In early December, the Obama administration imposed a new air quality standard that aims to reduce the amount of soot released into the air by 20%. Soot, comprised of fine particulate matter, contains microscopic particles that are released from smokestacks, diesel trucks, and wood-burning stoves.
In addition to creating a layer of haze in the sky, breathing in soot can cause lung and heart problems and contributes to heart attacks, asthma attacks, and strokes.
The Environmental Protection Agency (EPA) believes the new standards will save thousands of lives annually, in addition to reducing illness in the nation’s communities. Children with severe asthma represent only a fraction of those benefited.
The American Lung Association believes the standard will save an estimated 15,000 lives a year, as opposed to the current standard, and many residents of urban areas, where exposure to high emissions are considerable, will most benefit.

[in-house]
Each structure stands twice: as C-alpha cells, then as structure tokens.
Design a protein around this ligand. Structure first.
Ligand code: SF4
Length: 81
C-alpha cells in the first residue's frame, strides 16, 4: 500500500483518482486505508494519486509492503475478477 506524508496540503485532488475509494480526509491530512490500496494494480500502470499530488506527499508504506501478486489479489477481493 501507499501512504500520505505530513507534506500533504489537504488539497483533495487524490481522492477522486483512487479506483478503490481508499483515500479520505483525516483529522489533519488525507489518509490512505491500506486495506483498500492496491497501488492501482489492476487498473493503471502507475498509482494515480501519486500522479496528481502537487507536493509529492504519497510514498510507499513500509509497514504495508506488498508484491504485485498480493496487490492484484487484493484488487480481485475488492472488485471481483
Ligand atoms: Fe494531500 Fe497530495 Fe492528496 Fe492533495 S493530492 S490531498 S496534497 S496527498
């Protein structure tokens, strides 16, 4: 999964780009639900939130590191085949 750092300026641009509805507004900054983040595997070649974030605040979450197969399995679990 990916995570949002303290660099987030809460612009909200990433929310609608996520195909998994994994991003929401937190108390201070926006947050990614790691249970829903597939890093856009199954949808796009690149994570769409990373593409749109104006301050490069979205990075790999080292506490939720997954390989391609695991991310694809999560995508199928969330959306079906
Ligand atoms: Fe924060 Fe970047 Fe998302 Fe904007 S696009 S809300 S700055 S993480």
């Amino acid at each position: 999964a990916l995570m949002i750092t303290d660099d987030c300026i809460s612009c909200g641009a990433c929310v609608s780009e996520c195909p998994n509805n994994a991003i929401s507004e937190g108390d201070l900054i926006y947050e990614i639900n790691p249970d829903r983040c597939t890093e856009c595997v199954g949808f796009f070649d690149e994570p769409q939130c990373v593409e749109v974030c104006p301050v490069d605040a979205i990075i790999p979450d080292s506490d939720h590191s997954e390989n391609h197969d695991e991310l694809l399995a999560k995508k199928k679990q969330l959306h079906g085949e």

However, the Obama administration is experiencing some push back. Republicans on the House Science Committee sent a letter to top Obama administration officials warning if the new soot compliance rule was rushed in order to comply with a court order, there would be issues since they feel it is based on non-transparent data.
They called on Obama to allow access to these data sets and to only make regulatory decisions on publically-available data. The letter states that the members of the Science, Space, and Technology Committee have requested the EPA’s scientific data repeatedly and want to know exactly how the EPA justifies the benefits of this rule.